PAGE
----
To the new, so strange to us, people. But we had never expected such hospitality. We always wanted to thank both the hotel staff and the owner, and the Irish nation as a whole. At first, we decided to just clean the plot of land nearby our housing which was supposed to be either a lawn or a flowerbed. There was a small wheat field near our country house. The strip of uncultivated land ran along the white concrete wall, separating the wheat field. Some maples grew there. And this strip was full of local weeds. We decided to clean that mess and plant flowers there. The first push came from Natalka from Odesa, in Viber messenger chat group: “Borys, just imagine! They sell marigold saplings right next to the supermarket.”
So, this is how, step by step, a community of Ukrainian florists and gardeners was formed. Maria from Kharkiv, Valentyna from Kherson, Nastia from Dnipro and Borys from Kyiv. We made our first flowerbed with those marigolds. It was very symbolic on our part. Then we were joined by Oleksandra from Odesa, Oksana from Nova Kakhovka, Iryna from Zhytomyr, Olena from Mykolaiiv and Vitalii from Kyiv Troyeshchyna. So, things started to brew, so to speak. We bought and planted lilies and chrysanthemums, dahlias and roses. Geranium, lavender, mint, fern and some unknown to us plants. We planted them into pots. Into old buckets, and round plastic containers that builders, who were fixing the hotel’s second building, would give us.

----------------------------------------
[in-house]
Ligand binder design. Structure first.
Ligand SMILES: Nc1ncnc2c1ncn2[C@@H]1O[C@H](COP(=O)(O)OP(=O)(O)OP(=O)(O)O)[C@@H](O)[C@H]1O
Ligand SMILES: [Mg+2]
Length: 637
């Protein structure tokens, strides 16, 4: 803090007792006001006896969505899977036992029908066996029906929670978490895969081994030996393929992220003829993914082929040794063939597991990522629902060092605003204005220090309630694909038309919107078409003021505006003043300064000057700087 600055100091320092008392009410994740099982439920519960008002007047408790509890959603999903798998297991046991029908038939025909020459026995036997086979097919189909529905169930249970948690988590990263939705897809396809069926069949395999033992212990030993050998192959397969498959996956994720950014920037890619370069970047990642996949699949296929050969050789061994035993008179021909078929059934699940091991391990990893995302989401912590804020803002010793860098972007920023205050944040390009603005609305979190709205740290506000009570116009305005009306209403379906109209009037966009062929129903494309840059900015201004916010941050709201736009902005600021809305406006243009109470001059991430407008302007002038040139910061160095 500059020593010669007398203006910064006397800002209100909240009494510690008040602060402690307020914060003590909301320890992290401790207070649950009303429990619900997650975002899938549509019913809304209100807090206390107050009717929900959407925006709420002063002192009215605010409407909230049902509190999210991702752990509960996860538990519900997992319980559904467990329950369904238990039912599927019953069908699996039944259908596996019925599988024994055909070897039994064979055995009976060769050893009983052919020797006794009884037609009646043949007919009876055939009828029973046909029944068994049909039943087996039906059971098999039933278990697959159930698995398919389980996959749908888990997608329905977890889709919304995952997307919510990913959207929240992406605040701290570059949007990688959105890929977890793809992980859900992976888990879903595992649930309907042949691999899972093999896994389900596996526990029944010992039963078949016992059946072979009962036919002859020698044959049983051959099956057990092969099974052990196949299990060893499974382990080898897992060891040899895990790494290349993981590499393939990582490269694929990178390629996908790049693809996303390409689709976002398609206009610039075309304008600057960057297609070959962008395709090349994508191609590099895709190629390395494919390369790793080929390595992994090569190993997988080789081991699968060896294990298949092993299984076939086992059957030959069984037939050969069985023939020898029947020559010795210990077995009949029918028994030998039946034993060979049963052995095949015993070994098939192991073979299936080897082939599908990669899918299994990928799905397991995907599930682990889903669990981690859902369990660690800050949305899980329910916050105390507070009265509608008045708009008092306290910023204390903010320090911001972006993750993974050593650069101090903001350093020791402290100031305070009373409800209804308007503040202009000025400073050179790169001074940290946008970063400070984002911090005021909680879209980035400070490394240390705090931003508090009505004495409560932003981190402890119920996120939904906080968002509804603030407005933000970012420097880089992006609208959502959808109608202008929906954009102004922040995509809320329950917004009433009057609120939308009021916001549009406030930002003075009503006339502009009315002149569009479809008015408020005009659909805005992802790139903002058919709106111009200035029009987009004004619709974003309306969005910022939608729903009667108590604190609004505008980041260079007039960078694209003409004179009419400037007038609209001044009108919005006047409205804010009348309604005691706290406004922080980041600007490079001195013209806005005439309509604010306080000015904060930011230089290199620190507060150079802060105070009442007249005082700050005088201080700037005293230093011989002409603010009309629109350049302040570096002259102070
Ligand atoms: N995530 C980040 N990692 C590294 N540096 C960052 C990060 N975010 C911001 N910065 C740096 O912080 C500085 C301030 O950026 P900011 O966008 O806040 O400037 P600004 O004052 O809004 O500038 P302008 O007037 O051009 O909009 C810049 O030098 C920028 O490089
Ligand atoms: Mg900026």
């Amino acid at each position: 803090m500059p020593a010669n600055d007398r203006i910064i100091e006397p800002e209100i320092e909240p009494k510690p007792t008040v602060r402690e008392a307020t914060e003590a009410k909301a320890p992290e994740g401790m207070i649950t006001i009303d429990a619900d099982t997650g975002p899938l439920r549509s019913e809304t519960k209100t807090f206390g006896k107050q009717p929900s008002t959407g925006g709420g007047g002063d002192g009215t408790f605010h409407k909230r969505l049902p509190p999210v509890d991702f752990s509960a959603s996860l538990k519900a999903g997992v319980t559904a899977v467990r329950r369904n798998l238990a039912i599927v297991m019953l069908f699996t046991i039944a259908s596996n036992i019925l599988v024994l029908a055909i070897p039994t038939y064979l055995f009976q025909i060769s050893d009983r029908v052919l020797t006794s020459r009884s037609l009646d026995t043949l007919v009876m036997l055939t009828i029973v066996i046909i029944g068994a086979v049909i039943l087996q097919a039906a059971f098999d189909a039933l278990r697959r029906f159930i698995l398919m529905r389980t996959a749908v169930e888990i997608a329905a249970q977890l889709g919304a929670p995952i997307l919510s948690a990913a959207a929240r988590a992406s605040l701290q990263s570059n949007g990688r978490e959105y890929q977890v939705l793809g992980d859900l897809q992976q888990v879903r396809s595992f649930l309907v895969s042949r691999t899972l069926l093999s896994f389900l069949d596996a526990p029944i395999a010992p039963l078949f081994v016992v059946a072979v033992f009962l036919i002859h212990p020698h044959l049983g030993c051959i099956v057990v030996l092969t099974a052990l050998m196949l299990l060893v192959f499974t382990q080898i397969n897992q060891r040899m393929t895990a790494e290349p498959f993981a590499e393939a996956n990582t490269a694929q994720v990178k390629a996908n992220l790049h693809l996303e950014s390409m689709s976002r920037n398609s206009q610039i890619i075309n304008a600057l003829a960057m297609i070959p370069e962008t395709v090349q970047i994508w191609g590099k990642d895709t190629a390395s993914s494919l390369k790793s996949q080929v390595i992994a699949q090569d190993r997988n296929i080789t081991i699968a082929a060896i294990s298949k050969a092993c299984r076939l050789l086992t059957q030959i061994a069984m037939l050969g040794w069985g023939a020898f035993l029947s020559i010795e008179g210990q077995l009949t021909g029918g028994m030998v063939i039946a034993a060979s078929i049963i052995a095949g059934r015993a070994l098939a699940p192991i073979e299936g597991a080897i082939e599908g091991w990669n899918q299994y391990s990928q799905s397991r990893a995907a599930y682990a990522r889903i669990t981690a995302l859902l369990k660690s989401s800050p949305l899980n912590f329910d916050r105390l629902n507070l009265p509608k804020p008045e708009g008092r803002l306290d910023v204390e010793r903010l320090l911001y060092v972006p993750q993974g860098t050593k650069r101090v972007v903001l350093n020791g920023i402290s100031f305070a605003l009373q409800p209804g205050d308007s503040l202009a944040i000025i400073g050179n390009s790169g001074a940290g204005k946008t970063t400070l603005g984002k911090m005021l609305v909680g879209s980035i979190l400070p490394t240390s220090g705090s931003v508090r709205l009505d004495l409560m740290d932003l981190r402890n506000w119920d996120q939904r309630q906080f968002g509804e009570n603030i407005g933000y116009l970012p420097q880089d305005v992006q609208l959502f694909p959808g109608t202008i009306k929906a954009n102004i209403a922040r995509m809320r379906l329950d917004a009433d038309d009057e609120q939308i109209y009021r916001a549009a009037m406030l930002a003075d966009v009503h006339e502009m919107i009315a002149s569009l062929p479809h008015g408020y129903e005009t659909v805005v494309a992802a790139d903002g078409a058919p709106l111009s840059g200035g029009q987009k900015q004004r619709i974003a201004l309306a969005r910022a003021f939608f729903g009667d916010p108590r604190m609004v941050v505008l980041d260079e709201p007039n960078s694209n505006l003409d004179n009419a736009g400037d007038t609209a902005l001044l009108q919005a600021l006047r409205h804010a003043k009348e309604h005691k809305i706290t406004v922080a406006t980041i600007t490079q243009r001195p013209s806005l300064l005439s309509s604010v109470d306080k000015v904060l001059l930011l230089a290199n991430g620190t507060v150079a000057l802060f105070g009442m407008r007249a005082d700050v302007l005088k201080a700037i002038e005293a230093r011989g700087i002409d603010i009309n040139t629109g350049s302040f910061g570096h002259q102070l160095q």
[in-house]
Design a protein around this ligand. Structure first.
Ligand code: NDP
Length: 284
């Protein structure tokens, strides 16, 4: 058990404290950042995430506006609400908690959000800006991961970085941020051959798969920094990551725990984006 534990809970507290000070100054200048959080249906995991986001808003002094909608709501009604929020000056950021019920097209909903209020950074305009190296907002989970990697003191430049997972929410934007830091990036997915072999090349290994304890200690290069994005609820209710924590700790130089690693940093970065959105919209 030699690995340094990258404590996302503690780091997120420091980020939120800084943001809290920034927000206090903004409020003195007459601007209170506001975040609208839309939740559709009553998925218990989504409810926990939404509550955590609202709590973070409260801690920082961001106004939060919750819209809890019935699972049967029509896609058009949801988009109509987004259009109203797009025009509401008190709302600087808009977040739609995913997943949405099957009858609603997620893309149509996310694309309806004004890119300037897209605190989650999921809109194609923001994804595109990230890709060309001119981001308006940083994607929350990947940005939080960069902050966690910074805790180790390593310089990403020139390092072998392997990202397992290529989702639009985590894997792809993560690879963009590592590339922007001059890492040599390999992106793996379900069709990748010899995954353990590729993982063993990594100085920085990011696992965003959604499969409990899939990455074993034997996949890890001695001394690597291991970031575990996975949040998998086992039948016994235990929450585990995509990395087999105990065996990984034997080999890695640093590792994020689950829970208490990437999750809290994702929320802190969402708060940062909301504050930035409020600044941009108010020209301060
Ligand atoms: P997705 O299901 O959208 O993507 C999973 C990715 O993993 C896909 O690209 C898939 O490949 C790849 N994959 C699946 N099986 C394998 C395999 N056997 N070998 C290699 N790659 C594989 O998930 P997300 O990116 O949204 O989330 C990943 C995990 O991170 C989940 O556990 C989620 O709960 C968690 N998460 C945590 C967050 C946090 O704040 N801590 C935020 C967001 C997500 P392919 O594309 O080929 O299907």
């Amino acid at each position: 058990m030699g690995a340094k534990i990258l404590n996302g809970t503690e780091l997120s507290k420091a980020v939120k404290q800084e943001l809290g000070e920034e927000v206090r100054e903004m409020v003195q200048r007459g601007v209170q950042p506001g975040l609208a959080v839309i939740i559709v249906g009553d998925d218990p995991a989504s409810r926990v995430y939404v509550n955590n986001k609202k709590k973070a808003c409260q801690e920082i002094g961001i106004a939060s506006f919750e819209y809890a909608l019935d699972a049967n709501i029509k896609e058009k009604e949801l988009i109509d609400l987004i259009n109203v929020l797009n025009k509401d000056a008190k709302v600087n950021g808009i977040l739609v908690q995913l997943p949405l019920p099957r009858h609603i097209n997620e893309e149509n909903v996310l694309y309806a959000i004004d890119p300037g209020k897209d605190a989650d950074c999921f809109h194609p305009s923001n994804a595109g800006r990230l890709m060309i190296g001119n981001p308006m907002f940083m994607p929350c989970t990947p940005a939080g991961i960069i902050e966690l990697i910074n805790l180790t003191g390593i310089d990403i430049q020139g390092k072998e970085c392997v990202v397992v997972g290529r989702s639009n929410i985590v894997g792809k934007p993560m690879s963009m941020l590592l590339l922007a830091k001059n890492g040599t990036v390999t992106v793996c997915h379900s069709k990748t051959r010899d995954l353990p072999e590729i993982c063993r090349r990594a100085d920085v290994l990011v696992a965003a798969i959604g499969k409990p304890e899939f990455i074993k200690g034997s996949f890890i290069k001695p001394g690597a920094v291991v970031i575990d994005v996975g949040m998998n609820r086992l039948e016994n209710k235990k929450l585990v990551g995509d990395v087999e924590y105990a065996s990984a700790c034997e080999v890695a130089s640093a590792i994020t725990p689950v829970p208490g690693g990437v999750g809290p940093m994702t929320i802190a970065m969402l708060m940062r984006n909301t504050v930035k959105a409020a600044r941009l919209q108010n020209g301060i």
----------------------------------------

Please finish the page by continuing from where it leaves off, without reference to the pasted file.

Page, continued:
Our flowerbeds were formidable and stylish, even if we were far from professionals. At some point, we had an idea to separate the flowerbeds from the trees. So we incorporated that idea. We bought some tree bark mulch. Put thick layers of it around the maple trunks. And then we put next to each tree careful rows of round fist-size stones. There were a lot of them in the local soil. Oh how hard those stones made it to prepare the soil, along with the withered blackberry and ivy roots. We barely managed to rip those out! Of course, it was exhausting. But the result was so rewarding. We slowly built a flower alley. An alley of gratitude to our hotel manager Linda, and her husband Bryan, who’s a driver. To the hotel owners. To all the Irish. To Ireland as a whole.
Soon, we prepared wooden plaques with flags of both countries and names of towns the people who made the alley came from. Alla Yurivna, from Ochakiv, planted a whole host of flowers near the hotel entrance. And we could see she knew what she was doing. And it is a pleasure to note that a lot of Ukrainian kids helped us. After the New Year, we planted two pine trees. I think that in the months to come, the number of those will grow.
So this is how we have built an alley of gratitude. Thank you, Ireland. For your kindness, shelter and for Peace.
Swords, Co. Dublin